Speculative Flyers ...
11/11/2005 12:00 am EST
Few industries have been as out of favor in recent years as the airlines. Nevertheless, many leading advisors are seeing opportunity for "blue skies ahead." Here, Beth Gaston Moon, John Murphy, Elliott Gue, and Mark Leibovit offer commentary on the sector.
(For more on the advisors cited below, please click on their photos.)
"The drop in energy prices during October was giving a big boost to the fuel-sensitive transportation stocks," notes technical analyst John Murphy. "With crude continuing to trade below $60, the Dow Transportation Average has broken through its spring high to reach a new all-time high. Its relative strength ratio, which turned up in late September, is also breaking out. The biggest percentage gains, however, are coming from the airlines.
"Airlines were the market's top group during the month of October. That makes perfect sense. Airlines are the most fuel-sensitive group in the market. They suffer when energy prices rise and prosper when energy falls, as it's been doing since late September. The AMEX Airlines Index closing above its 200-day average for the first time in three months. Its relative strength ratio has been rising since mid- September after oil started to slide. That's the market's way of telling us that falling energy prices are having a positive impact on the market."
"When it comes to profitability, the airline industry is pathetic; regional airlines are a totally different story," says Elliott Gue, editor of Advantage Bulletin. "Mesa Air Group (MESA NASDAQ) is a regional airline offering both passenger and air cargo services. More than 90% of its revenues are earned through payments from partner airlines. This is how Mesa and other regionals have been able to stay profitable even as the big carriers bleed red ink. Technically, Mesa formed a massive double-bottom pattern around 5, and recently broke above resistance at 8.25 on heavy volume. A move to 13-to-15 is possible in the next six months.
"Republic Airways (RJET NASDAQ) also gets paid a fixed fee for operating certain routes on behalf of the majors. Republic is very profitable, earning nearly $2 per share on a trailing 12-month basis. RJET just went public in 2004 and has been basing in a broad pattern below 15 since that time. Recently, Republic broke higher and retested its base on good volume. Traders should buy below 17 for a 2 to 4 month holding period. Ultimately, there's upside to the mid-20s."
Mark Leibovit, editor of The Volume Reversal Survey, notes, "US Airways Group (LCC NYSE) operates approximately 4,000 flights per day and serves approximately 225 destinations worldwide, including Europe, the Caribbean, Mexico, and Canada. It is essentially a new airline formed from the old bankrupt US Air and the dynamic America West Airlines headquartered in booming Phoenix. New buyers should purchase the stock in the 20-22 range. Our tentative upside target is a move to $26 per share."
"AMR Corp. (AMR NYSE), the world's top air carrier, has been mounting a recovery since late September, when it reached a short-term bottom at the psychologically significant 10 level," notes Beth Gaston Moon. "Since narrowly dodging a dip into single-digit territory, AMR shares have rallied up 35%. This move has taken the stock above its ten-week and 20-week moving averages, the latter of which is now turning higher. The 14 level had acted as resistance for the shares in May and August and a solid break through this region could catapult the shares to territory not explored since early 2002.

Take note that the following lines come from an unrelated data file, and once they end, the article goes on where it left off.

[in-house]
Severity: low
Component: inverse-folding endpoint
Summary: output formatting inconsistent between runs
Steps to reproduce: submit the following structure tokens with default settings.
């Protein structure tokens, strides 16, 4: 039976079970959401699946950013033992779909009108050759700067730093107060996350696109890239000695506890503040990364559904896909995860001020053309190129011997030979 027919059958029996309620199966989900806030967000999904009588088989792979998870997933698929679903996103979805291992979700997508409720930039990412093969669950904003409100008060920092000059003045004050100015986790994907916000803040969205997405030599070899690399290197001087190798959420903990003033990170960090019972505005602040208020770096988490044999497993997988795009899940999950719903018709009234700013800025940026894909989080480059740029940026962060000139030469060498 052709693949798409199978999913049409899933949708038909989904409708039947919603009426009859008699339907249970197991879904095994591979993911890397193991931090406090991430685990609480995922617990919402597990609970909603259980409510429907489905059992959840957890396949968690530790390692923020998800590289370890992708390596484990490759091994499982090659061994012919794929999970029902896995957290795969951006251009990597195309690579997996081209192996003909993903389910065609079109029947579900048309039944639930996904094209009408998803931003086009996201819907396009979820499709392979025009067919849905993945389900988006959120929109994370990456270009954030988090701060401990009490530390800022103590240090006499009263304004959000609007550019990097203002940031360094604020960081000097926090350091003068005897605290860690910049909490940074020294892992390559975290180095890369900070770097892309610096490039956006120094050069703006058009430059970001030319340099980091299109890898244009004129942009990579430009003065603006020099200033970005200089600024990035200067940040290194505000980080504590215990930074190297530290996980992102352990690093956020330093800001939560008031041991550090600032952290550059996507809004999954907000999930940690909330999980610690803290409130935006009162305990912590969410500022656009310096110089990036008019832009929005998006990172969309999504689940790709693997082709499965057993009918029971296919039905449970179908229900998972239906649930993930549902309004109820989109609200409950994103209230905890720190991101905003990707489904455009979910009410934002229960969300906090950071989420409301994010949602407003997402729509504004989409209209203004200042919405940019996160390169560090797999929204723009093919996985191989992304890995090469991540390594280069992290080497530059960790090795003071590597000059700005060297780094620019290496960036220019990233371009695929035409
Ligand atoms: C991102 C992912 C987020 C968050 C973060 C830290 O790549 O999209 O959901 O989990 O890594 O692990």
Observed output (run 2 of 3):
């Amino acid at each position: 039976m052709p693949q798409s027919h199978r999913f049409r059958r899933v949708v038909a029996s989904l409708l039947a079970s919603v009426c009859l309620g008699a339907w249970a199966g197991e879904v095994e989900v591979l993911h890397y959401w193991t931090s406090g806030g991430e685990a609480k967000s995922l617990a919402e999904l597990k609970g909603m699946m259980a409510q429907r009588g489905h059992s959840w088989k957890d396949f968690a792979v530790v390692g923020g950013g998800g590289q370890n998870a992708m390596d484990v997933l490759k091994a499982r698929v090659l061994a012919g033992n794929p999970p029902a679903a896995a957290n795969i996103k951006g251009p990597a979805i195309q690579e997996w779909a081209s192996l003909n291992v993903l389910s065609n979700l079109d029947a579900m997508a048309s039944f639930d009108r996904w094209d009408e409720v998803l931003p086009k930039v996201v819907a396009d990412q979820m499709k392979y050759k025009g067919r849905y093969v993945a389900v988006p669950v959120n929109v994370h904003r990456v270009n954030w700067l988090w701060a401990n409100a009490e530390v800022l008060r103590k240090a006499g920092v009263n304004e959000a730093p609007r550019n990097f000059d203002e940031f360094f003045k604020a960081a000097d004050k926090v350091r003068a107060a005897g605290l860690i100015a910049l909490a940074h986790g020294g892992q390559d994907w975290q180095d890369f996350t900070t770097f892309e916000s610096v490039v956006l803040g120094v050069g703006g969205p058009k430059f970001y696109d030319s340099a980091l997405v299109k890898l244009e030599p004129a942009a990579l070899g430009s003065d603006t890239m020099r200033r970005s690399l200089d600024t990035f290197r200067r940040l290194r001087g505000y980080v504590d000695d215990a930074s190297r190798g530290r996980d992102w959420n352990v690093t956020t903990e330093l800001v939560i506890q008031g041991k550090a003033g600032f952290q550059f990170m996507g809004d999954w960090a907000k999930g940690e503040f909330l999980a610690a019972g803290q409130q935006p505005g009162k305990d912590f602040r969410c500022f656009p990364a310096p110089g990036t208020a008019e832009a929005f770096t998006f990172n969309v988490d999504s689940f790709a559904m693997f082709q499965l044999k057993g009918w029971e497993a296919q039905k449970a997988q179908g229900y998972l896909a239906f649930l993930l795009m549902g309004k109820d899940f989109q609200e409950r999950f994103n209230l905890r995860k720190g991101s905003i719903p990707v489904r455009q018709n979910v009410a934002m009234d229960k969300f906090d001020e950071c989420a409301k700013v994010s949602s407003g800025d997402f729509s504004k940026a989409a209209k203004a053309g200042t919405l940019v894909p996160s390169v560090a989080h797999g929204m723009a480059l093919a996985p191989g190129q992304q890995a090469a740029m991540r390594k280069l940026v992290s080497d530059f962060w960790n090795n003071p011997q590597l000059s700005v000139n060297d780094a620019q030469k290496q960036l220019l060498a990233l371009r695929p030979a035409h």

"Not surprisingly, AMR has failed to attract much positive attention, given the stigma of its sector. The equity's put/call open interest ratio suggests an extreme in pessimism among the speculative crowd. What's more, short interest constitutes 27% of the equity's available float. At the stock's current average daily volume, it would take these short sellers nearly eight days to eradicate all of their bearish bets, which is a formidable layer of short-covering support. These factors, combined with technical trends, have garnered the security a strong Schaeffer's Equity Scorecard rating of 8 on a scale from zero to 10."
"In the past few years, the airlines have been in the business of turning $1 billion into negative $3 billion," says technical expert Price Headley. "However, here at BigTrends, we are focused on opportunity, not past problems. Indeed, there have been some interesting developments recently with airlines. We knew months ago that what the industry needed was a good old fashioned bankruptcy. That would give the airlines more pricing power and the ability to finally increase fares. Delta and Northwest answered that call recently. On top of that, heating oil futures, which best represent the price of jet fuel, reversed sharply from prices above $2.
"The Amex Airline Index (XAL) is currently just above $48. The index is nearing a major area of resistance at the $50 level. We will ultimately be very bullish if the index crosses over 52, but a move over the 200-day average will be a good start. To determine the overall health of the sector, there are two airlines that we are watching closely: Southwest Airlines (LUV NYSE) and Continental Airlines (CAL NYSE). Traders should turn bullish if the AMEX Airline index closes above the 200-day line and become even more bullish if the index crosses the 53 mark."
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